Mayan to Streamline Optical Networks

SUNNYVALE, CALIF. (02/04/2000) - Mayan Networks Corp. wants to take the complexity out of optical networks. Specifically, the company wants to remove digital cross-connects, frame relay switches, ATM switches and SONET add-drop multiplexers from service provider metropolitan-area networks.

The result: less expensive carrier infrastructure and less expensive services to corporate customers, Mayan claims.

Mayan would replace that gear with Unifier, Mayan's optical access switch. The switch would sit directly on a metropolitan SONET ring and act as an add-drop multiplexer, putting traffic on the fiber ring and taking it off via a SONET port. Other ports on the box support ATM, frame relay, time-division multiplexing and IP.

To amass the multiprotocol expertise it needs, Mayan has filled out its roster with employees from 3Com Corp., Lucent Technologies Inc., Verilink Corp., Paradyne Corp. and SyOptics. The company also has opened development facilities in Phoenix for ATM work and in Richardson, Texas for optical.

Metropolitan SONET rings today are anchored by add-drop multiplexers that are fed traffic by routers or switches. The muxes have been optimized for voice.

Unifier takes on the function of the switches and routers and is more efficient about putting data on the fiber, the company says.

Unifier aggregates traffic bound for the fiber ring and crams more traffic into the SONET format than is done with an add-drop multiplexer, Mayan claims.

Because the equipment can break down the SONET OC-12 bandwidth into 1.5M bit/sec channels, it can fill up the bandwidth available on the ring more efficiently than a traditional SONET mux, according to Daniel Gatti, Mayan's president and CEO.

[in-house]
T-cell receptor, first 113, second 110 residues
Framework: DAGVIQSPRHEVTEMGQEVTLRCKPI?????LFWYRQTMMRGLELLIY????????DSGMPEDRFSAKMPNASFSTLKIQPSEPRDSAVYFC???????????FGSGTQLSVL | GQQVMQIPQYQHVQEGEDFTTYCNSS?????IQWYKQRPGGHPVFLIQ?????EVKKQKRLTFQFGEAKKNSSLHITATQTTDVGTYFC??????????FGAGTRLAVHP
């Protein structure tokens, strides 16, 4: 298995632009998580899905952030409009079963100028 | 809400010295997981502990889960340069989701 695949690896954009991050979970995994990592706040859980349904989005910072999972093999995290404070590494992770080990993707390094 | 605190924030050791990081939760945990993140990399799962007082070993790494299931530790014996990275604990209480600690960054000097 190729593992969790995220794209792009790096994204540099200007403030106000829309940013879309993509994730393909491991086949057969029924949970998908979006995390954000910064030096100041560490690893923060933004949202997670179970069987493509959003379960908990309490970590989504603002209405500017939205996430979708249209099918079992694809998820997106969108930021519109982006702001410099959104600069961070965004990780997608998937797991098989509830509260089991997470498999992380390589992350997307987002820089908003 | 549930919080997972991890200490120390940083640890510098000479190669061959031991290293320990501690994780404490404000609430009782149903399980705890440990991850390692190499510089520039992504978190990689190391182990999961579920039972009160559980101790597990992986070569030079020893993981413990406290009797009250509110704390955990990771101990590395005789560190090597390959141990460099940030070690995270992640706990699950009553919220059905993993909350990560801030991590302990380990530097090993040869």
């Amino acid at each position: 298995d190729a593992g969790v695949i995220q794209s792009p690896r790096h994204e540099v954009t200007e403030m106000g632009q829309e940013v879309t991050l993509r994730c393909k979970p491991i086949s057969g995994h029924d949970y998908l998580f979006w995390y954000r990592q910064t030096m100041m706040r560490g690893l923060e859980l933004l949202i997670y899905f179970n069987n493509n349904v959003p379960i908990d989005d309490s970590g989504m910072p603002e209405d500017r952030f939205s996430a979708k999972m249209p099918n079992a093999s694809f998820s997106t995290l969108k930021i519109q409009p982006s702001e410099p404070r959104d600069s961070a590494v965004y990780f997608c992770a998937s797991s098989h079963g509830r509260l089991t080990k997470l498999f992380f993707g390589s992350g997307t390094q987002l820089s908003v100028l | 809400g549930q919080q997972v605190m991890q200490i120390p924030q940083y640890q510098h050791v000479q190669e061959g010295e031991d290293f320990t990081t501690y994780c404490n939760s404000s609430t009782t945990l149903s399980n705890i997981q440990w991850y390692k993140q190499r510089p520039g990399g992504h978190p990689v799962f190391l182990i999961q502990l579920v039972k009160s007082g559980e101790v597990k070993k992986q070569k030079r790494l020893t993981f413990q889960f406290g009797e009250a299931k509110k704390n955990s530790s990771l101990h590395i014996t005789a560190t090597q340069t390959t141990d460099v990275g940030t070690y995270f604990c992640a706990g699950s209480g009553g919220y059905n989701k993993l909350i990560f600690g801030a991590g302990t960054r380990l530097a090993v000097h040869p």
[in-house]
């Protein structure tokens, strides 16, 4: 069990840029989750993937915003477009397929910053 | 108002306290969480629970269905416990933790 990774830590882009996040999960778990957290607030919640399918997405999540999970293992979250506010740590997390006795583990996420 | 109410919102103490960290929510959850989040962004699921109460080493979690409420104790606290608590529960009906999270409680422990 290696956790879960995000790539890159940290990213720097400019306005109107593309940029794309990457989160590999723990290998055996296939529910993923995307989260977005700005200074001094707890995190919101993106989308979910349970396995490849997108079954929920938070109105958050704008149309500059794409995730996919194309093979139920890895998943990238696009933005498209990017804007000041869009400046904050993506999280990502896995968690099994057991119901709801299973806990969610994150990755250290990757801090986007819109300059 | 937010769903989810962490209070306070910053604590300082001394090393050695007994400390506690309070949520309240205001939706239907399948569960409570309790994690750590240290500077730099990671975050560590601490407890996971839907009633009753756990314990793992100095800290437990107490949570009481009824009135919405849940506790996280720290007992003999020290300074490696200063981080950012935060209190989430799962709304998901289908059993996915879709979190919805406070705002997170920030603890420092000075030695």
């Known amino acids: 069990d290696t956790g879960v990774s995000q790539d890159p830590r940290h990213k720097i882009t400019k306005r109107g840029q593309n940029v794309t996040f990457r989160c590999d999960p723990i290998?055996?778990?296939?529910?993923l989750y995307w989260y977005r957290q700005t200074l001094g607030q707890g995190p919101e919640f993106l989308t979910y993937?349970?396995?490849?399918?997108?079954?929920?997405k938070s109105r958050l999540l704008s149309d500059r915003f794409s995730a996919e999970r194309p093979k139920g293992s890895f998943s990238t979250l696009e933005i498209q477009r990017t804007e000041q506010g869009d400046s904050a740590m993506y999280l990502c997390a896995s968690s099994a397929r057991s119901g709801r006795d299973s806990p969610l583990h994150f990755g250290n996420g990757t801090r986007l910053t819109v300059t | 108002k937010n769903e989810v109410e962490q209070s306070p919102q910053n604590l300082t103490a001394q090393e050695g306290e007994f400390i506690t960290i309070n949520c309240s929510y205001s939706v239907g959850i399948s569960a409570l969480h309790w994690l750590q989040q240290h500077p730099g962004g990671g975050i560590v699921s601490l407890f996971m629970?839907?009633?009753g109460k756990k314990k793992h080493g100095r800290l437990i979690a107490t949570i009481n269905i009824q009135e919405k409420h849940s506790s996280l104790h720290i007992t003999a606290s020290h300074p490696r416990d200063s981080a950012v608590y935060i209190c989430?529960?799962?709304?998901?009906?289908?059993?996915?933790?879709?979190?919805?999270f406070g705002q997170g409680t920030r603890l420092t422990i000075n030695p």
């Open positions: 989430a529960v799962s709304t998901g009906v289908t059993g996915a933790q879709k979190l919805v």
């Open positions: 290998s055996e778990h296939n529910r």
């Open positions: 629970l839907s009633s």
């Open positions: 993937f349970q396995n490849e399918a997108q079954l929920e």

The cost of setting up a service provider point of presence with Unifier is $212,000, vs. the cost of multiple single-function equipment, which Mayan says is $556,000.

Unifier can switch any port to any port, and the protocol each port handles is software-defined. So a T-1 hardware card can be programmed to support ATM, frame relay or time division multiplexing. Because of this flexibility, the switch does not necessarily have to sit on a SONET ring.

It can, for example, reside in an office park, attached to a carrier network by an OC-3 trunk. A service provider could use it to distribute lower-speed services, such as frame relay, voice or ATM, to customers in the park, Gatti says.

Replacing multiple boxes with one unifier would give carriers a single platform run by a single management system, which would simplify network monitoring, maintenance and provisioning, he says.

Unifier is going into beta testing now, and is expected to be generally available by midyear.


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